Reducing Heart Failure Readmissions And Improve Patient Outcomes Through Transitional Care
"Heart failure (HF) affects about five million people in the United States, with 550,000 new patients diagnosed each year” (Hines, Yu & Randall, 2010 ). "It 's the leading cause of hospitalization and healthcare costs in the United States and up to 25% of patients hospitalized with (HF) are readmitted within 30 days” (Feltner, et al, 2014). Heart failure is a chronic and progressive condition and patients usually have associated co-morbid conditions such as renal failure, chronic obstructive pulmonary disease and diabetes. All of these factors make patients more vulnerable to poor transition home or to other care settings such as skilled nursing facilities. Furthermore, the government and private insurance companies have begun penalizing hospitals for 30-day readmissions. For these reasons, many healthcare organizations are looking to improve patient outcomes and reduce hospital readmissions.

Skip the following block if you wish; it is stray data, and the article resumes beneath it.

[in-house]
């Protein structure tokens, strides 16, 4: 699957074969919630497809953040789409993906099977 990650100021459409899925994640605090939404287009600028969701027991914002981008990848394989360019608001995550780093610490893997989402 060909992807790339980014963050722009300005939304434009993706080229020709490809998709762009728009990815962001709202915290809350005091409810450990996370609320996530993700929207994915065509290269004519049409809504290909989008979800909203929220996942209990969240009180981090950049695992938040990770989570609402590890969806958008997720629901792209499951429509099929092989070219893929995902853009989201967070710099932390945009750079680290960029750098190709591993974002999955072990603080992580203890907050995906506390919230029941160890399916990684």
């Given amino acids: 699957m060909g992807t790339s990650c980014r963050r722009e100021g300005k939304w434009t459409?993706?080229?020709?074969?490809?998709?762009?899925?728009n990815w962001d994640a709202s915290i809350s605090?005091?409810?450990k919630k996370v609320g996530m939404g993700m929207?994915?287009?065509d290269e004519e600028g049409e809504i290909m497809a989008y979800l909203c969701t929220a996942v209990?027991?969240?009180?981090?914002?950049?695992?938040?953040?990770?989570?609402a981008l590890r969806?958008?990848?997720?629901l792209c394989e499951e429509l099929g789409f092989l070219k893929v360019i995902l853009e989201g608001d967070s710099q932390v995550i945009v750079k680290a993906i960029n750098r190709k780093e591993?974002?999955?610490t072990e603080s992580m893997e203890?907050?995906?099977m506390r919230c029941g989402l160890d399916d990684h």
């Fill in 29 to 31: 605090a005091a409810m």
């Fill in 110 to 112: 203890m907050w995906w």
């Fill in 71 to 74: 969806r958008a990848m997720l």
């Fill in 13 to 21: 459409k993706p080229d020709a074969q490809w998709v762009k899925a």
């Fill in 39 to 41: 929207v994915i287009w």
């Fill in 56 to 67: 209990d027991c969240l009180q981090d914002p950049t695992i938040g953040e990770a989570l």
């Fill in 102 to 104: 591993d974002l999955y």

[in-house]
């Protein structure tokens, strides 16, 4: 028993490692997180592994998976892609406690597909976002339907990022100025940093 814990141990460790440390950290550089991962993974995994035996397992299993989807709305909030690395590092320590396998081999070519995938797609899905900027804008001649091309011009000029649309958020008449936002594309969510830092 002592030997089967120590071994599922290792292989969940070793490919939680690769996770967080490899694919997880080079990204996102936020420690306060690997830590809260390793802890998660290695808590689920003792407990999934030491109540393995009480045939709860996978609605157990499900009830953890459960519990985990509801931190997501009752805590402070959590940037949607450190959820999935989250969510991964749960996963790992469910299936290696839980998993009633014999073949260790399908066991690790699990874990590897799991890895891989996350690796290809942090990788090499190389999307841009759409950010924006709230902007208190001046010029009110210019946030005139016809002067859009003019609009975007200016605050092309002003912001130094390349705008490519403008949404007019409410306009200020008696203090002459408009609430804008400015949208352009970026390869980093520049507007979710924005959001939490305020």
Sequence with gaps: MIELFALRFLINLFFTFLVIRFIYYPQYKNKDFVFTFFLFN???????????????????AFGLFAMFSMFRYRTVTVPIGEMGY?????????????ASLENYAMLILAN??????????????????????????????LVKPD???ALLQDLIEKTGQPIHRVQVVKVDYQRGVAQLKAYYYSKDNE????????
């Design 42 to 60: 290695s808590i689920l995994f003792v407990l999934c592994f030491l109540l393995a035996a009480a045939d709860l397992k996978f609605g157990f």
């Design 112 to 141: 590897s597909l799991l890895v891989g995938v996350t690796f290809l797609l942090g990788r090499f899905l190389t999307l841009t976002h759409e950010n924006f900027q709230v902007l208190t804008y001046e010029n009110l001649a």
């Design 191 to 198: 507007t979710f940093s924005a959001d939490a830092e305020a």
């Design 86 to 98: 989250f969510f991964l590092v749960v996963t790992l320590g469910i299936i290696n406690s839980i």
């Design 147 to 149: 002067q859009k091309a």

For decades, healthcare settings have been providing poor transitions for patients across care setting leading to patients experiencing medication errors, missing follow-up appointments and landing back in the hospital.
A recent Journal of American Medical Association Internal Medicine (2013) study looked at transitional care after hospitalization from the perspective of the patient and found the following: 40% of patients could not understand or explain the reason they were in the hospital…